A couple of weeks ago I travelled to London for the first time. You always read the name next to New York, Paris, Tokyo and other super capitals of the world. You see it in movies: tourists trying to make a Royal guard laugh (no touching), everyone walking fast under their umbrellas in the rain, and the Big Ben overseeing all the madness.
|Imagine the possibilities of randomly running into a friend|
I've realized by now that I am a small city person, I get bored in villages and stressed in metropoles, so for me, Dublin is what the warm oatmeal plate is for Goldilocks, but meeting a new place is always exciting.
So I arrived, alone and for five days, having the privilege of staying with great people I haven't seen in a very long time and that happened to be living in London.
I have to admmit that for the first half of my trip I was overwhelmed. The distances too long, the prices too high, the crows too big, and I've never been a skilled map reader so, being without Wi-Fi most of the time and using an old school paper map to get by was a challenge.
|I assure you, it was more colourful in real life|
The people were surprisingly kind, except if you were standing in the left side of an escalator, and everywhere I went there were the same three or four food-on-the-go chains. Yes, there were good restaurants, but I was on a budget and actualy on-the-go, as I wanted to see and do as much as possible, so for the duration of my trip, I sticked with a diet of sandwiches and prepacked sushi.
A course I was taking absorbed most of my time, but I was able to see the London National Gallery and Tate Modern. I'm not an art expert, but I enjoy visiting art museums and staring at pieces that catch my eye, trying to identify what's it about them that atracts me. I've also went to the beautiful St. Paul's Cathedral, to Hyde Park (were I had the chance to share my on-the-go avocado wholegrain sourdough toastie with a squirrel) and to Spitafield Market.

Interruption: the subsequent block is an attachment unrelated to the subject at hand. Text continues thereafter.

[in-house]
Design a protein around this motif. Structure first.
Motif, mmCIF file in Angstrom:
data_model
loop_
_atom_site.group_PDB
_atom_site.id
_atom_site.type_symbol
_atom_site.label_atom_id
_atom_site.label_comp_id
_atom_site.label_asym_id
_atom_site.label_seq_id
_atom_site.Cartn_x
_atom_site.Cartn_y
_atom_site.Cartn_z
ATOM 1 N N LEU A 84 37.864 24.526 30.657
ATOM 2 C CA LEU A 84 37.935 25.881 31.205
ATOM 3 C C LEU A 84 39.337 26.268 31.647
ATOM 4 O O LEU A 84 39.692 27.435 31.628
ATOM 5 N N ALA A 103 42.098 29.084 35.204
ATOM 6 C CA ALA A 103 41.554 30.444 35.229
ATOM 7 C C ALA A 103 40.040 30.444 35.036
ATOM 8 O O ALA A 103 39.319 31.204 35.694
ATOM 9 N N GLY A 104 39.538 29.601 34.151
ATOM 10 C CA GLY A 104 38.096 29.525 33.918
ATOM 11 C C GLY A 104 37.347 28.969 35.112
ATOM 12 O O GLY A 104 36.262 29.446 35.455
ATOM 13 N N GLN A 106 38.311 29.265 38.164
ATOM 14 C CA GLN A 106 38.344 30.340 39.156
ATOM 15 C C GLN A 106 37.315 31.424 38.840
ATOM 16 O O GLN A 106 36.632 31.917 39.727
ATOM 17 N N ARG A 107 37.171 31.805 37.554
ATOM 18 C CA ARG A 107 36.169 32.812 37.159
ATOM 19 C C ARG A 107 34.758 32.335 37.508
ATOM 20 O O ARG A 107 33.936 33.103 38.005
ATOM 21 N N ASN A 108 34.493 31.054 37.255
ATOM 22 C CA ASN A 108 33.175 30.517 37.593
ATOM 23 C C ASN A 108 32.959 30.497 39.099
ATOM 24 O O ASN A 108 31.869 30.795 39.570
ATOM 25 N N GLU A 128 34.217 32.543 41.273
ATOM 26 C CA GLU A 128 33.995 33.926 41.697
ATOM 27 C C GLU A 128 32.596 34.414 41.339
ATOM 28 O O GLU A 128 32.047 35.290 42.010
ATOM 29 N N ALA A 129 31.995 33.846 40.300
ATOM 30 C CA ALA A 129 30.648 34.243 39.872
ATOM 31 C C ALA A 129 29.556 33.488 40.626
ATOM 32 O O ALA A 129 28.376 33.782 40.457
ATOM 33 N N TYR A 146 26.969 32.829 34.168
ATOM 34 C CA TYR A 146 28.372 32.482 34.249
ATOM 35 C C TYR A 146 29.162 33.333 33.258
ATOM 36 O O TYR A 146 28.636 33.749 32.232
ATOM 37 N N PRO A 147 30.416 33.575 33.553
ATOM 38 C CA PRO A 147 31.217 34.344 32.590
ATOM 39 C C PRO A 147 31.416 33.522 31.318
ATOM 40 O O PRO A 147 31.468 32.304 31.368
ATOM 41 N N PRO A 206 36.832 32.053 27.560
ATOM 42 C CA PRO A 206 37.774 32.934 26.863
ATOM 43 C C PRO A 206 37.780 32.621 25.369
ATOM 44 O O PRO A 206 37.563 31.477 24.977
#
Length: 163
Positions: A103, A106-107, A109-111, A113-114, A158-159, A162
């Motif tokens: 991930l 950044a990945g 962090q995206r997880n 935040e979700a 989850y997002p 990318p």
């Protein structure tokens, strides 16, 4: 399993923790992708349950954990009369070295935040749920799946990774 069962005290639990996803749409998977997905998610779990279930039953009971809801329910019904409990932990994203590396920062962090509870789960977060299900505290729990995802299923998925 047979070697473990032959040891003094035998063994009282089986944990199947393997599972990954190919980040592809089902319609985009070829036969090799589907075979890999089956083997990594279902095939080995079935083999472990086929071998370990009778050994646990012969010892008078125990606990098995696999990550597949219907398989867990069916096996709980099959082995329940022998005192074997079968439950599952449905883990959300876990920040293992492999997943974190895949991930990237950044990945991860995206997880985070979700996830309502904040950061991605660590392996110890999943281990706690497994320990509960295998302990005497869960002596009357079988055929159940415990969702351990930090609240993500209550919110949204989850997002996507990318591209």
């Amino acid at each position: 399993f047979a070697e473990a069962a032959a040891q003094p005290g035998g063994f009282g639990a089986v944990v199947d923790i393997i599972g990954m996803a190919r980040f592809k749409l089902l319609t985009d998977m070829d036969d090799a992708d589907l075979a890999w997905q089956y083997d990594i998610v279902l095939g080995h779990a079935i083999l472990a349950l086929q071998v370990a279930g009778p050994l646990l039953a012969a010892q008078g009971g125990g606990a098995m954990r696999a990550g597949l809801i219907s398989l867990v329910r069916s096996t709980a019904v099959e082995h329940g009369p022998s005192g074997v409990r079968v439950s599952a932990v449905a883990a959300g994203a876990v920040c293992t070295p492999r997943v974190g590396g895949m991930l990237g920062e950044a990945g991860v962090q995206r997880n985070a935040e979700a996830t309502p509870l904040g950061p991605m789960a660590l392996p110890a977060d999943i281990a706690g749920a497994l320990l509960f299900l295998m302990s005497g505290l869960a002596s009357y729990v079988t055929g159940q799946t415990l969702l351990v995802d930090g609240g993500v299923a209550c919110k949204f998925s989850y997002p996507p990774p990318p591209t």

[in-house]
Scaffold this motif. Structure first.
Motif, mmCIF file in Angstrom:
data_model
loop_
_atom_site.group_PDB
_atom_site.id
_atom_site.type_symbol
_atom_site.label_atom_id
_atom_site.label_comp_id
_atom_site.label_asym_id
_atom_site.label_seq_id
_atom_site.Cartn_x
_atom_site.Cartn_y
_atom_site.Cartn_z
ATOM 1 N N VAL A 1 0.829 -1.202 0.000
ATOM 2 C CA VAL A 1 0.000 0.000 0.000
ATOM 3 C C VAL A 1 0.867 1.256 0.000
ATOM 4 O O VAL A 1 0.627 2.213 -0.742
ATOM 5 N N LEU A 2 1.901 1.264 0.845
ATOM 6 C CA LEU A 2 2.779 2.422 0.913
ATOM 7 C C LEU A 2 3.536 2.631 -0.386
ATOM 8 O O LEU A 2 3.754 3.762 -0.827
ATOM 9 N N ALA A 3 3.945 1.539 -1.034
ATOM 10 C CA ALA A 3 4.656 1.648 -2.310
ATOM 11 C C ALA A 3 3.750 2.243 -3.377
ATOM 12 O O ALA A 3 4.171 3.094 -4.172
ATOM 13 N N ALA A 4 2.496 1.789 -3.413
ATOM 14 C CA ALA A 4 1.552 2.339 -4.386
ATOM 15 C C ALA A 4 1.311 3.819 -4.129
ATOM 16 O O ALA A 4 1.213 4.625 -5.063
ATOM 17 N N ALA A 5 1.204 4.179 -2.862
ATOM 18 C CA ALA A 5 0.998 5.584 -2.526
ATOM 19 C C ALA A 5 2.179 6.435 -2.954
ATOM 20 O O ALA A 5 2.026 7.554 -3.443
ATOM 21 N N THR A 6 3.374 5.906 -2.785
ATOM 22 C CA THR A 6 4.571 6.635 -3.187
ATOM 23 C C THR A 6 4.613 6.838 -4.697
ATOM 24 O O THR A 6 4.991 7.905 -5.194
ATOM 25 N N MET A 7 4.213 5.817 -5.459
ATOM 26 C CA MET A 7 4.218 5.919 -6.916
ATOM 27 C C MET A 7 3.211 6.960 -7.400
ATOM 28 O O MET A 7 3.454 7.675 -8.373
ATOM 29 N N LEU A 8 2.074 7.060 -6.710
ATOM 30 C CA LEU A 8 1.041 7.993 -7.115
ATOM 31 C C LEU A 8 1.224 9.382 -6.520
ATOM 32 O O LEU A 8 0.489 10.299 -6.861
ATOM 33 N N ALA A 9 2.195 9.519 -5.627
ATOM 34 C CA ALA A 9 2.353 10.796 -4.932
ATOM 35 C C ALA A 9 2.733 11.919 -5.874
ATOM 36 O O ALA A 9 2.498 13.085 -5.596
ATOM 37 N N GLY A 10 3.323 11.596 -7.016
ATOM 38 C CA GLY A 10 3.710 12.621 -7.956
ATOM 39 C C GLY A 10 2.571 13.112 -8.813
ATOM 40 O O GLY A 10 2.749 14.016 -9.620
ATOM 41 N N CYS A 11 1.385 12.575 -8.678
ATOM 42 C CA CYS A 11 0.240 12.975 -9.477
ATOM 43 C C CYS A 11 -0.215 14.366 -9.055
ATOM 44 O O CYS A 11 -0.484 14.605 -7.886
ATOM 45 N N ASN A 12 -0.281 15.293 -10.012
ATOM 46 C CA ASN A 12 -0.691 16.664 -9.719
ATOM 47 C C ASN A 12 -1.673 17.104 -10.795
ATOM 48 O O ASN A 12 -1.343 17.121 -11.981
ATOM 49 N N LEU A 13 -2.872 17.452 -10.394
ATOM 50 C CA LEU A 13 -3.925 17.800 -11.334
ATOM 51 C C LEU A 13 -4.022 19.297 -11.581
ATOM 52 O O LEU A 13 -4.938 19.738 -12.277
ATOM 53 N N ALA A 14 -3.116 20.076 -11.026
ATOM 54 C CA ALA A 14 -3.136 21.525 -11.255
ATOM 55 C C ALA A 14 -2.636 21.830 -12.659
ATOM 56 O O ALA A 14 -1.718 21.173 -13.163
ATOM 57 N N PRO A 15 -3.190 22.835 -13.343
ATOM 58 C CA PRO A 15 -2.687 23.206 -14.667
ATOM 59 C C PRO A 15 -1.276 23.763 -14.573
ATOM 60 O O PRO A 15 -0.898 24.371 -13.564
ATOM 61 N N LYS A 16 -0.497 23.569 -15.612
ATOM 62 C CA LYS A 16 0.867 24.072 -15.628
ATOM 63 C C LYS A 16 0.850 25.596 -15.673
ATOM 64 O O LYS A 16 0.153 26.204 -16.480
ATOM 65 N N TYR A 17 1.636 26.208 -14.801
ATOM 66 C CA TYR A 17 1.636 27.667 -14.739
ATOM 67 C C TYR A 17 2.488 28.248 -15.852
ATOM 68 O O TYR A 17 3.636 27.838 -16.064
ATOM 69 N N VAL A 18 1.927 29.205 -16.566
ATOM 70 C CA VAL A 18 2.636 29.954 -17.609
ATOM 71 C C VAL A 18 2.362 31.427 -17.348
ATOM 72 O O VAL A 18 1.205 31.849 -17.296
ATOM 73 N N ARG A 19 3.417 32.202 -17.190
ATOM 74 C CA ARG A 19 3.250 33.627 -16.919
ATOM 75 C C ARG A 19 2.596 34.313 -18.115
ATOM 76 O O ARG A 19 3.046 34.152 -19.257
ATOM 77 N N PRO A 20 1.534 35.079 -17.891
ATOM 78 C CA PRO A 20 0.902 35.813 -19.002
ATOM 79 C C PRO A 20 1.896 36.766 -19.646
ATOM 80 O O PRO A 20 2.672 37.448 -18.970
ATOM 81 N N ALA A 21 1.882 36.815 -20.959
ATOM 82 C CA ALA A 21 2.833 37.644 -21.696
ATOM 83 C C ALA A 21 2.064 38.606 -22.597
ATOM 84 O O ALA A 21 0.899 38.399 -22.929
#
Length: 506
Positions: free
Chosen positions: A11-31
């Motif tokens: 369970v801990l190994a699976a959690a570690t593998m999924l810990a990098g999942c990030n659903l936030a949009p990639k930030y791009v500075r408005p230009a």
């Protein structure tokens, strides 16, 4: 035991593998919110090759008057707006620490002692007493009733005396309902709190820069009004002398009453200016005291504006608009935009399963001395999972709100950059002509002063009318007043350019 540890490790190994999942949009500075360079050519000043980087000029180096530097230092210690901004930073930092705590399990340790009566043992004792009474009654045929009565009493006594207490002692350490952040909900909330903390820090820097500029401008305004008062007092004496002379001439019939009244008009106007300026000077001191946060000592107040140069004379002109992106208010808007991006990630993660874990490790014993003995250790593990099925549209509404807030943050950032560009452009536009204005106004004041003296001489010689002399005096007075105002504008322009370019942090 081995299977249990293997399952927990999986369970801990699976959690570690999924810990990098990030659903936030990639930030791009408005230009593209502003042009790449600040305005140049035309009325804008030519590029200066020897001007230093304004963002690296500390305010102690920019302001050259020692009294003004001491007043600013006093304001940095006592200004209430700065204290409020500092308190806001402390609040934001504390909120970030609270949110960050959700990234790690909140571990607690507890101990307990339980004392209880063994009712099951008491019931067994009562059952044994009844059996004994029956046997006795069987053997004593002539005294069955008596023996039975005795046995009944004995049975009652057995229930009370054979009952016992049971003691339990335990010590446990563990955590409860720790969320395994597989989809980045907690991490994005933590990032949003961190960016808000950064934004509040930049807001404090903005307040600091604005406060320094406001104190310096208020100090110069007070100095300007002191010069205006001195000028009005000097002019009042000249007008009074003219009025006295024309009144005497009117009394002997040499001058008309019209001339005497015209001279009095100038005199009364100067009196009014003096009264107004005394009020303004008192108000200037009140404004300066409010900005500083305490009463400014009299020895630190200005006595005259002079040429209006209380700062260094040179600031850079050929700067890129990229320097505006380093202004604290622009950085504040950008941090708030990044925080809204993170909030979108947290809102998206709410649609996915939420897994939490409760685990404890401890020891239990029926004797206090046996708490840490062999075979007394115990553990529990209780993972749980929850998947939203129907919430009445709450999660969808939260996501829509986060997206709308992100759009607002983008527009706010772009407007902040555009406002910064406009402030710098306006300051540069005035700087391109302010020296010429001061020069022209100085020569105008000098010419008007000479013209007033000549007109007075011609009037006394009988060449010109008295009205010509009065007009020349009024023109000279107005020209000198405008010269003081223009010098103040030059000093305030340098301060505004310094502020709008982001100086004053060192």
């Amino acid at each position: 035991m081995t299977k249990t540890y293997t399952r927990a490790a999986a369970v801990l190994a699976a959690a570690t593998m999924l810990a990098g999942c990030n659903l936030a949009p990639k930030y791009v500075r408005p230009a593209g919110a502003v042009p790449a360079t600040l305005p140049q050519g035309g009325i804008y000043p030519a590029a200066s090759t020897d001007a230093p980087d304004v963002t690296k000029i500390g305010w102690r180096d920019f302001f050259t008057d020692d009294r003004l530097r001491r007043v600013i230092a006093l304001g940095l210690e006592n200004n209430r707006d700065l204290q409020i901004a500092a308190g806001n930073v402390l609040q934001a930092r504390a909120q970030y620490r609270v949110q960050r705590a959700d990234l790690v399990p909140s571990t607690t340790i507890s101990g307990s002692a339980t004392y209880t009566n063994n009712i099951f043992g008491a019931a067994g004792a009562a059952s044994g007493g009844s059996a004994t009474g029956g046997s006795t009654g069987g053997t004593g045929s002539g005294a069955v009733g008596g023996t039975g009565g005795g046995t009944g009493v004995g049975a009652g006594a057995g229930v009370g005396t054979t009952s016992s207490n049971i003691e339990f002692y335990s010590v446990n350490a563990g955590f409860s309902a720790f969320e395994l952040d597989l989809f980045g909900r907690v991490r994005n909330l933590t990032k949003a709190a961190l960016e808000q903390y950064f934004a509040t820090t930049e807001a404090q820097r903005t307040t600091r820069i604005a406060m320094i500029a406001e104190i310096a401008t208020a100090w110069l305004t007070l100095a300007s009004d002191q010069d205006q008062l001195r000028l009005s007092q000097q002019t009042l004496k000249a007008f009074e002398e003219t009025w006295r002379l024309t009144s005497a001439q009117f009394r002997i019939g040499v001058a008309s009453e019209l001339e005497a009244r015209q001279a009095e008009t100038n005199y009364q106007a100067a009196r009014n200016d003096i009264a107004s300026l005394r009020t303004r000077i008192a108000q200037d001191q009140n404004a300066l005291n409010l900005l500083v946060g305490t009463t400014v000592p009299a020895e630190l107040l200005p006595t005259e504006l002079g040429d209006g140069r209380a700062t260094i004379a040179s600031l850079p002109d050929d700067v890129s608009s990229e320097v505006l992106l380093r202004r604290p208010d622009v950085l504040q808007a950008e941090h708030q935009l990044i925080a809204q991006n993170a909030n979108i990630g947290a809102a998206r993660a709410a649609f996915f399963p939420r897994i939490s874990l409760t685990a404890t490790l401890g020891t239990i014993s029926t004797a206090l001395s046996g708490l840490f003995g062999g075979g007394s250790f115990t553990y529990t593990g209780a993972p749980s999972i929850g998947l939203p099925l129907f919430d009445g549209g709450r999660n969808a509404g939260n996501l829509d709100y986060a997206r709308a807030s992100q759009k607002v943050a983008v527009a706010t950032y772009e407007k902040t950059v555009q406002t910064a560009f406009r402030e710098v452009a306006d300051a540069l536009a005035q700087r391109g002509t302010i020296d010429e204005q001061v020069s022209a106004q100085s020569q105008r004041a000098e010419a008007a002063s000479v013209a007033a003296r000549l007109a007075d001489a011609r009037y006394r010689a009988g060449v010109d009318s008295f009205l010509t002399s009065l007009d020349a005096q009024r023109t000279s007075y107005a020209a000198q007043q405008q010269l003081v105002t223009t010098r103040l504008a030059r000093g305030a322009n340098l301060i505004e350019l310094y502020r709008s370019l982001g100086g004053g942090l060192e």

|Just sharing with the locals...|
|National Gallery [In the back]|
In that last place I made the only shopping I allowed myself to do in the city: a hand painted shirt with a little cottage lost in a forest of pines. I had to have it. Near that, I also visited the famous Cereal Killer Cafe, a place that only serves bowls of cereals (but they have tons of options).
Of course I went to a pub and had a pint with the classmates. A very drunk local guy approach the table and he was allowed to stay and make a fool of himself by talking a bit of nonsense and attempting to stand and dance on his chair.
I'd say one of the most "travelly" things I did was visiting The Monument, a 62 mts tall structure which happens to be the tallest isolated stone column in the world (thanks Wikipedia).
I say "travelly" because it was really out of my comfort zone, in fact, I don't know what got into me -I'm a person that is scared of heights and gets vertigo in shopping centre's balconys- but I was walking by it and decided that I wanted to see London from the top (who doesn't?). I paid my 4 pounds ticket and started going up the winding stair, looking out from the small and frequent windows that reminded me that every step up I took, I was on a deadlier distance to the ground.
|I just kept looking to the centre of the spiral|
Thoughts of the thing falling apart with me inside it, of a person running and bumping into me accidentally (or on purpose) pushing me to the floor, tempted me to stop and go back. And it wasn't just because it cost me 4 pounds that I kept going... when would I get another chance to do that? The fact that I could hear children laughing on the top only made my fear seem more irrational and silly.
So I decided to stop overthinking things and then, London and I got along better... I rolled my eyes to people standing on the left side of the scalators, found my way around without asking and for a moment, I got why people love living in very big cities where everything happens at the same time, where you are anonimously free yet constantly tracked, and where trends come and go faster than you can even find out about them.
London is beautiful and exciting, fun and scary, punctual and messy, friendly and hostile, and just like the mushroom in Alice in Wonderland, it can make you feel big or small depending on which side you choose.
I went back home with a cute shirt, a souvenir from the museum, a pinecone from Hyde Park, a bunch of overpriced subway tickets, and the slap of fresh air I badly needed.